Nebraska, Miocene Period, 12 million years ago. - Painting - Nature Art by Stephen Quinn

Home of Stephen QuinnBiography of Stephen QuinnArtwork by Stephen QuinnCommissions with Stephen QuinnCreative Process of Stephen QuinnStudio of Stephen QuinnNews About Stephen QuinnEvents Featuring Stephen QuinnGuesbook of Stephen QuinnLinksMailing List for Stephen Quinn

Members Login

Artists For Conservation Flag Expeditions Flag

Steve's Flag Expedition will revisit the actual site of the American Museum of Natural History's Mountain Gorilla diorama in the Virunga volcanoes in Africa with the intent of documenting the changes that have occurred in the diorama and its painted background scene.
Find out more...

Stephen QuinnStephen C. Quinn   SAA, AFC Stephen Quinn
Wildlife Art, Natural History Dioramas
Prehistoric Diorama - Miocene Horses, AMNH - Nebraska, Miocene Period, 12 million years ago. by Stephen Quinn
  Prehistoric Diorama - Miocene Horses, AMNH  (2008)
Subject: Nebraska, Miocene Period, 12 million years ago.
Dimensions (feet): 12 x 67
Medium: acrylic
Description: Nebraska, 12 million years ago. Dinohippus, Nannippus, and Hypohippus.

This diorama depicts a location in what is today known as Nebraska as it appeared approximately 12 million years ago. At this point in time this region was changing from a largely forested region to a more open grassland ecosystem. Horses, a very diverse group of mammals at this time, evolved to occupy the varies habitats available.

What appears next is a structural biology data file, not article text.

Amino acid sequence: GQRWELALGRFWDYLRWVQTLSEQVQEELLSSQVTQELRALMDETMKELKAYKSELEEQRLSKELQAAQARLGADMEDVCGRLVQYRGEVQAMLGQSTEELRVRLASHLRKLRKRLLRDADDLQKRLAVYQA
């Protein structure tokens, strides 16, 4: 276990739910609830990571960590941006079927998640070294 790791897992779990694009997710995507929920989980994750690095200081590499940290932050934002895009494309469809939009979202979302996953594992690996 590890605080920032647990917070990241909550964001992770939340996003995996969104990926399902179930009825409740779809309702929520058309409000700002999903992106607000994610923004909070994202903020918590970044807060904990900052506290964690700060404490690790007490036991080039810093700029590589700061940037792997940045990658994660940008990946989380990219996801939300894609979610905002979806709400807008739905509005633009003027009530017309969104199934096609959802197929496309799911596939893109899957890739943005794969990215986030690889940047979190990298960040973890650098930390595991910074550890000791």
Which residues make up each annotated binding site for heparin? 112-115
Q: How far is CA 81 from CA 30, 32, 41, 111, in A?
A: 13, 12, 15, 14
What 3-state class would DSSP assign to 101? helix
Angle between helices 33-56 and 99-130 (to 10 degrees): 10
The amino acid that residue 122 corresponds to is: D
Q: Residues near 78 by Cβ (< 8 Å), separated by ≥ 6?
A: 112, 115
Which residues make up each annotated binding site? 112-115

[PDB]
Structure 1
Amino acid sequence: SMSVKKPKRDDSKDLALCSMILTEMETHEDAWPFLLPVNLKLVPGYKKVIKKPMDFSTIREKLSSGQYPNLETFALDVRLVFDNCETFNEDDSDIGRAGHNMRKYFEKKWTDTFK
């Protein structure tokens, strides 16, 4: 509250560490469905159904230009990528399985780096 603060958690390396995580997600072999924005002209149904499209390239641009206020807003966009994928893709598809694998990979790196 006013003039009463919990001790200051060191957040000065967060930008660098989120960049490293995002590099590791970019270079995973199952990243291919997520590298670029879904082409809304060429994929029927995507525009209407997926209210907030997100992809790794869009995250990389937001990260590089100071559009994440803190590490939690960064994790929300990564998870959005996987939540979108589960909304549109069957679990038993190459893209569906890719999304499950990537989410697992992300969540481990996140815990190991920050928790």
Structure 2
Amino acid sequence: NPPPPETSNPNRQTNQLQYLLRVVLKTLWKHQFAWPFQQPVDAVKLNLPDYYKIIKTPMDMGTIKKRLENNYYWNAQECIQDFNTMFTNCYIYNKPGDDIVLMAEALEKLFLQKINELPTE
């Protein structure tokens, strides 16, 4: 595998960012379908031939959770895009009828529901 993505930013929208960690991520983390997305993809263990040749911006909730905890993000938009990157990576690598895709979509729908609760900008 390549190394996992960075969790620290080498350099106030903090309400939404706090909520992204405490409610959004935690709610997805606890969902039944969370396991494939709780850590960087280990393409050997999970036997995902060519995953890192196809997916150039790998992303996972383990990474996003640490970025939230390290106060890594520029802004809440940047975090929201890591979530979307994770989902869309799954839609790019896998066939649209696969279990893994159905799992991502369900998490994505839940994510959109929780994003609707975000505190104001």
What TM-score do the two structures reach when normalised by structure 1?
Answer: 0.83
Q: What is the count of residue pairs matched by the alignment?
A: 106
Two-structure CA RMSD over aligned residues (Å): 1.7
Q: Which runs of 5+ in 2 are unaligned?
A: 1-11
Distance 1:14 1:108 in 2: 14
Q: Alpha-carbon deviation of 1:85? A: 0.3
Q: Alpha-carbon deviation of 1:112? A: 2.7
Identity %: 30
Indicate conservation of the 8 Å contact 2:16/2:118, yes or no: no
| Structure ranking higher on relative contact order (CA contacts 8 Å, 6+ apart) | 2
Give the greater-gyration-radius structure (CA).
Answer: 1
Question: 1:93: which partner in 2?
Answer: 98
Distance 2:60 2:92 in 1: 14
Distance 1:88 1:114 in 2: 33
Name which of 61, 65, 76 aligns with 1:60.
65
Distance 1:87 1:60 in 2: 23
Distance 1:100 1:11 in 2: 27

On the far right is Hypohippus, a three toed browsing horse with low-crowned teeth for chewing tender shoots and branches that it nipped from low-hanging branches in the forest, much like an Okapi does today. Its three toes and shorter legs were thought to provide it with sure footedness in negotiating heavily forested habitats.
On the far left is Dinohippus, a more advanced single toed horse with high-crowned grinding teeth for chewing the course grasses that would eventually dominate on the Great Plains of North America. Its long legs and single toe are specializations for running at high speed over open grassland to escape predators.
Finally, in the center is the smaller Nannippus, which from the structure of its teeth and the presence of three toes is a generalist that was thought to have lived at the forest edge.
Thought horses first evolved and appear in the New World, today they are only found in the wild in Africa, Asia, and Europe as zebra, wild asses, and Przewalski's Horse, respectively. Horses, during past ice age periods, crossed over the Siberian land bridge to colonize the Old World, while humans crossed in the other direction and, it is speculated, may have hunted native North and South American horses into extinction.
Original Available For Sale: No

Limited Edition Available: No


Direct Correspondence to:Stephen Quinn
Stephen Quinn
85 Highland Place
Ridgefield Park, NJ
USA 07660
Tel: (201) 440-5652
  Worldwide Nature Artists Group
Home Page:
Stephen Quinn Stephen Quinn

All rights reserved. All images and text © Copyright  Stephen Quinn
Member of the Artists for Conservation Foundation